Spicy Southwestern Scallops

I love food.  I love everything about it; shopping for it, cooking it, and especially eating it.  I like most anything, and I am always up for trying new things and experimenting, both with what I cook and what I eat, and how I prepare my foods.  There is a big difference between liking something and loving something though.  Scallops AND most things Southwestern are two types of foods I just absolutely LOVE.  This dish satisfies both of these desires.  In Spanish, scallops are known as vieiras.  Aside from the fact that scallops have always been amongst my favorites, they are actually very healthy for you too.  They are high in protein and low in calories and are a great source for magnesium and potassium, as well as a whole bunch of other necessary vitamins and minerals.  They are also an excellent heart healthy food because they contain a lot of vitamin B12.  Vitamin B12 helps keep the body’s homocysteine levels low, which in turn helps to keep our heart, arteries and blood vessels all healthy.  Statistics have shown that eating seafood, and particularly scallops, at least once a week will lower your heart rate by 2.3 times per minute.  When you think about how many times our heart beats throughout the day, that is a substantial reduction.   For the most part, a lower heart rate means a healthy heart.

Scallops of many varieties are found in the oceans all over the world.  They are in the mollusk family, and are known as bi-valves.  The edible part is the muscle in the center of the two shells that opens and closes the shell.  This is known as the “nut”.  The “coral” or the reproductive glands are also edible, and are eaten in most other parts of the world, although they are not as popular to eat in North America.

Spicy Southwestern Scallops served over Arroz Cubano (tomorrow’s post).


Making the spicy rub for the scallops.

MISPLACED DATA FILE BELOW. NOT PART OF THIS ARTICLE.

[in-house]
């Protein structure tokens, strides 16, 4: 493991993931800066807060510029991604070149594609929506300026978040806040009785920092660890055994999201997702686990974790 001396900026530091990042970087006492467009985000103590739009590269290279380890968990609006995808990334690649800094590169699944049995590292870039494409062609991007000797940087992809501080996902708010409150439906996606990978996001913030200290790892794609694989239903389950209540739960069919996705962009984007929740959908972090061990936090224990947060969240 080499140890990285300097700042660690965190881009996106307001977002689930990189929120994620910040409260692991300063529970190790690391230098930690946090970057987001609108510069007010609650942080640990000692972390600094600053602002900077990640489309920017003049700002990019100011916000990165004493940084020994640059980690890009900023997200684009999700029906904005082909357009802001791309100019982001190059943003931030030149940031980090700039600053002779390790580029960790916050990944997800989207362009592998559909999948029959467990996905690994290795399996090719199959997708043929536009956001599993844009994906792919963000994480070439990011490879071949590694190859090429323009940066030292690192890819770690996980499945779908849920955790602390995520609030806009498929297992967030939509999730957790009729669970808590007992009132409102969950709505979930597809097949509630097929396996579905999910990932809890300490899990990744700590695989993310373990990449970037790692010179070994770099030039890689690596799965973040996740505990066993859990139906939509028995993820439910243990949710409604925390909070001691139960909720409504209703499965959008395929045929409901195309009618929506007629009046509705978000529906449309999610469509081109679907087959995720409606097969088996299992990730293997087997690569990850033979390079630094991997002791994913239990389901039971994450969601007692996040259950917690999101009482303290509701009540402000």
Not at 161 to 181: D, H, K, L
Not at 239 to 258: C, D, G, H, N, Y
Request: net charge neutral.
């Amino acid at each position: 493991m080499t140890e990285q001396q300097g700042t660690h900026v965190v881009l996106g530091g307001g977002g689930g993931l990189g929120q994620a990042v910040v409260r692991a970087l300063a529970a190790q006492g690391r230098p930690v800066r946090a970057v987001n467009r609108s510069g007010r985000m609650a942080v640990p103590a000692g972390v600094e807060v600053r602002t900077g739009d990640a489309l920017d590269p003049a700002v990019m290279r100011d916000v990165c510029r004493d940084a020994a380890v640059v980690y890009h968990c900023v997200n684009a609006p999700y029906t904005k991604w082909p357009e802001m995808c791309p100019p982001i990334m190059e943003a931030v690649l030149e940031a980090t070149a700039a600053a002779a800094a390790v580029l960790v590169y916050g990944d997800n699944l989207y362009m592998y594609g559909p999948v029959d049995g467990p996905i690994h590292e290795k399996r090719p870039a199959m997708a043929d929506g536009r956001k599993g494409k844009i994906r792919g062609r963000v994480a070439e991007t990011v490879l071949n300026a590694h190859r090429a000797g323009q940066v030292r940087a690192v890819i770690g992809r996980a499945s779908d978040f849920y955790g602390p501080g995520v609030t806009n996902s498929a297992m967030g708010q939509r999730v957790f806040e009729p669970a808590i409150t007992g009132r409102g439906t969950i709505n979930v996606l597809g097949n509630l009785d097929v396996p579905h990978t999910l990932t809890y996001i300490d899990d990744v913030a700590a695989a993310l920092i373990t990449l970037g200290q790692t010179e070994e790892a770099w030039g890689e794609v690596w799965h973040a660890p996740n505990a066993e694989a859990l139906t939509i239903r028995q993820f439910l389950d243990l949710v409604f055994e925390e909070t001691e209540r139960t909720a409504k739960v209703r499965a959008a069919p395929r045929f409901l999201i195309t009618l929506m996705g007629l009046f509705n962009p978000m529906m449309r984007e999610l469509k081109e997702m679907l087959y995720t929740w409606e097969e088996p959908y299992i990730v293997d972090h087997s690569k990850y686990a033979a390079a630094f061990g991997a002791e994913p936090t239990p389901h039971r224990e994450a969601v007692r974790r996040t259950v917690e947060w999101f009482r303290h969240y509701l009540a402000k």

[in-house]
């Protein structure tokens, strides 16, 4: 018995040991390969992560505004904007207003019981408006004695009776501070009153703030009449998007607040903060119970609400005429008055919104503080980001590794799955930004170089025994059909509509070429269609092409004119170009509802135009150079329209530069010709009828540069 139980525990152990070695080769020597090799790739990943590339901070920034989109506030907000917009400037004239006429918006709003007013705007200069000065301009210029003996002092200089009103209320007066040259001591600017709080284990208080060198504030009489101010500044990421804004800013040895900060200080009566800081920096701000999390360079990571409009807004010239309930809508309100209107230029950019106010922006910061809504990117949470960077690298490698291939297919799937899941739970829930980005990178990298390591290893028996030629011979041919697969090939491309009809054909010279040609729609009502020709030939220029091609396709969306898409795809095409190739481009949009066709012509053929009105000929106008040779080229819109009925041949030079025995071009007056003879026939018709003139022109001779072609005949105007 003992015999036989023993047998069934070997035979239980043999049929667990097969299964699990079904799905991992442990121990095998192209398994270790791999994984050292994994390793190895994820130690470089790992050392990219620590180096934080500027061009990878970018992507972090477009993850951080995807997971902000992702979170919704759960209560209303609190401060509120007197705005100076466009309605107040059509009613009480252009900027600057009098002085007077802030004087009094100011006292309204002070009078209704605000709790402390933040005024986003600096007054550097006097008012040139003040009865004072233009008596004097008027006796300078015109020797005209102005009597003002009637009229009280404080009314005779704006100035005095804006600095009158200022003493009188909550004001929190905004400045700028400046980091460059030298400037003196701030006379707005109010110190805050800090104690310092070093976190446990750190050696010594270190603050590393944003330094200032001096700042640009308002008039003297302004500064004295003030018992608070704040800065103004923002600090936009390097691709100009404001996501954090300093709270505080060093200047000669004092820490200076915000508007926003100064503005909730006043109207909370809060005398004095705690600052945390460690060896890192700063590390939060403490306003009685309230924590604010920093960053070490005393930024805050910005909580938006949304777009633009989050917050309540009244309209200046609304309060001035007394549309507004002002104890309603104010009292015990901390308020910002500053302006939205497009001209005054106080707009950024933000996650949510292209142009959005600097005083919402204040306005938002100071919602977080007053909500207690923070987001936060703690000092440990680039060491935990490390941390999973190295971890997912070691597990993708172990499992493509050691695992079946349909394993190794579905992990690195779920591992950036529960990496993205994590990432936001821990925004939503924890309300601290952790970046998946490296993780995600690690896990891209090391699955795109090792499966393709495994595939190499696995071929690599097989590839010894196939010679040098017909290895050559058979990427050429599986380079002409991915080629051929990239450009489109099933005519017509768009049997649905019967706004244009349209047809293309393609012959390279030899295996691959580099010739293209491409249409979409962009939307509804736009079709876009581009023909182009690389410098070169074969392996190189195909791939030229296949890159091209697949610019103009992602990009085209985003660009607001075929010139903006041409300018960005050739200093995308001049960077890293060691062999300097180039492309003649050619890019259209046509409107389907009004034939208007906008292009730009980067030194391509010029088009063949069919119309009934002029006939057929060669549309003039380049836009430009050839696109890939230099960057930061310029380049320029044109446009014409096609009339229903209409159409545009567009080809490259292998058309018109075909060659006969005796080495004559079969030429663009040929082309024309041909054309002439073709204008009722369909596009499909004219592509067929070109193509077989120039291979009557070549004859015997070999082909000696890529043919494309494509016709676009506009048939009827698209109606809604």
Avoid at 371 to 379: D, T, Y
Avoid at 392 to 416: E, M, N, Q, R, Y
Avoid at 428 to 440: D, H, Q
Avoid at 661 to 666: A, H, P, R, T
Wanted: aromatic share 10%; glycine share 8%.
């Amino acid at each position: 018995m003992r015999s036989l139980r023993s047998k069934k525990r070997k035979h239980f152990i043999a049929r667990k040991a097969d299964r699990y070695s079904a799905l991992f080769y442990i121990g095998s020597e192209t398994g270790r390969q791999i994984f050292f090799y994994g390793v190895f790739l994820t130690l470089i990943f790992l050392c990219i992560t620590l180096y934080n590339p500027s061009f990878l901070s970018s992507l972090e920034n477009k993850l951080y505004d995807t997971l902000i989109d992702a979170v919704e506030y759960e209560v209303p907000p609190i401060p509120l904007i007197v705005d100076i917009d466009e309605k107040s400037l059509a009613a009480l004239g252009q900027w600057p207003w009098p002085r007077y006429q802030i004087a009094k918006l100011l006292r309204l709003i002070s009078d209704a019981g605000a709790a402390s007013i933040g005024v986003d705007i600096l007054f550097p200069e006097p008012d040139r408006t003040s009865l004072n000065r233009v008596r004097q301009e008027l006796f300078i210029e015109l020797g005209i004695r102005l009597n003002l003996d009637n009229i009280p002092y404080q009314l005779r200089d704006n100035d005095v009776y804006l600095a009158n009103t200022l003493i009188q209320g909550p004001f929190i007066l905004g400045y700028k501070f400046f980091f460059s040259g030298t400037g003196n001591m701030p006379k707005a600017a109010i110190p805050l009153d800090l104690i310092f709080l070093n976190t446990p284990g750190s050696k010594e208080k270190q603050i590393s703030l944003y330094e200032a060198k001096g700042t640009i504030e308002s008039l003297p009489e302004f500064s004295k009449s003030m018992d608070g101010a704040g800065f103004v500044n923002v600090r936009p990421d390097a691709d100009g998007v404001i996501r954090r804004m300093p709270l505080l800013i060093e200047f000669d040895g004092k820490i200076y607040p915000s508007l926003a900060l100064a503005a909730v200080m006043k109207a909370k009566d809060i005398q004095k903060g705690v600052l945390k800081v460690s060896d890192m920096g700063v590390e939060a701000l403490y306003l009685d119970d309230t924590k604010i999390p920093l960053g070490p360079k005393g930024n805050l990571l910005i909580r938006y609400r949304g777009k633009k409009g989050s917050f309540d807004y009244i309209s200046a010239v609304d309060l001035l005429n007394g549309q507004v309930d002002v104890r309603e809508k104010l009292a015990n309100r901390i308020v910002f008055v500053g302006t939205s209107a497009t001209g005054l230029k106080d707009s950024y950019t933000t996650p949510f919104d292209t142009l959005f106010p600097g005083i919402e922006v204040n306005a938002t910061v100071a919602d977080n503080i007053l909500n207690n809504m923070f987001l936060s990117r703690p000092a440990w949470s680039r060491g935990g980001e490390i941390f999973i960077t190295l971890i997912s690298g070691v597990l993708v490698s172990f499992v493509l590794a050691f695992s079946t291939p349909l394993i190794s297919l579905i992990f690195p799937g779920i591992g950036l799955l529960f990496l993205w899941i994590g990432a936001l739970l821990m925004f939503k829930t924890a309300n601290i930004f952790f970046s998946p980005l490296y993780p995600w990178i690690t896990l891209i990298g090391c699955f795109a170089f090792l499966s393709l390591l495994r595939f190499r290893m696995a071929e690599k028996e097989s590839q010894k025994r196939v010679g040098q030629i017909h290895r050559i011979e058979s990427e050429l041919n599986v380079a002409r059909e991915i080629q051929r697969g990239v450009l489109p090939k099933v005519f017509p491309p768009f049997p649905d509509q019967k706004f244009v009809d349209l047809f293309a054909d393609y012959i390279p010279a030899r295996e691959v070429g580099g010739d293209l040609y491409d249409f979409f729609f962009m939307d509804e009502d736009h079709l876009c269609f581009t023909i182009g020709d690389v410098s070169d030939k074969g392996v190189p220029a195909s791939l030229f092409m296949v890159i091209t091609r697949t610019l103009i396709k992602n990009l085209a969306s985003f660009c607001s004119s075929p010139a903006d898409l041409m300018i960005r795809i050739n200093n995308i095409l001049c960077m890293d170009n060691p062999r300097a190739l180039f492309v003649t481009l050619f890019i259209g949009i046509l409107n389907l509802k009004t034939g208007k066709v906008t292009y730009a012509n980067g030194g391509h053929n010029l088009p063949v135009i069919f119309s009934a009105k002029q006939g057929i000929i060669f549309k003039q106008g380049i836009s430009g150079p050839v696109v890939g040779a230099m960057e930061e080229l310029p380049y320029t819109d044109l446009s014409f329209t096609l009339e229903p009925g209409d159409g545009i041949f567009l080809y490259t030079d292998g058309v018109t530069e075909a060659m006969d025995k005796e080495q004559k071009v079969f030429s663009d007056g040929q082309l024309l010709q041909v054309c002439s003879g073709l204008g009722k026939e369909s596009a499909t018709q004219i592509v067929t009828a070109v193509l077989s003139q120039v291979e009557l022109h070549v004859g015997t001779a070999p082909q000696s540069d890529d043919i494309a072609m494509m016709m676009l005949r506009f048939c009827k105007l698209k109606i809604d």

Coat the scallops completely with the spicy rub.


In a very hot skillet, with very hot oil mixed with butter, pan-fry your scallops about 3 minutes per side.  You want them completely cooked and firm, yet still sweet and juicy without becoming tough or rubbery.


Once the scallops are cooked, remove from the pan and set aside and keep warm.  Add 1/2 cup of dry white wine to the pan and stir it well to scrape off all the pan drippings.  Cook for a couple of minutes, then add more butter and bring to a boil.  Cook until the liquid has reduced by abut 1/2.  This is your sauce for your scallop dish.


The full meal:  Spicy Southwestern Scallops over Arroz Cubano, with avocado, served with pork and cherry chutney empanadas (both the Arroz Cubano and the pork and cherry chutney empanadas will be other upcoming posts in the very near future).   A margarita especial is always a good accompaniment to any meal, but because yesterday was “National Tequila Day”, I just had to have one.


Spicy Southwestern Scallops

1 1/2-2 lbs sea scallops

3 tsp chili-lime chili powder

1-1 1/2 tsp cumin

1/2 tsp salt

1/4 tsp black pepper

1 tsp cayenne pepper

4 TBSP butter

1/2 cup dry white wine

1/4 cup lime juice


Rinse scallops thoroughly and pat dry with a paper towel.  Mix all the spices together.  Coat the scallops completely with the dry rub.  In a hot pan with a combination of both hot oil and 2 TBSP butter, add the scallops and cook for about 3 minutes per side.  When they are cooked, remove them from the heat and set aside.  Add the wine to the hot skillet and mix in all the pan drippings.  Add the rest of the butter and bring to a boil.  Then cook down until the liquid is reduced by half.   i served mine over Arroz Cubano and added more sauce, topping each scallop.  I also added avocado slices on top.  Esta mui, mui delicioso!  Disfruitas!









Author: ajeanneinthekitchen

I have worked in the restaurant and catering industry for 35 years. I attended 2 culinary schools in Southern California, and have a degree in culinary arts from the Southern California School of Culinary Arts, as well as a few other degrees in other areas. I love to cook and I love to feed people.

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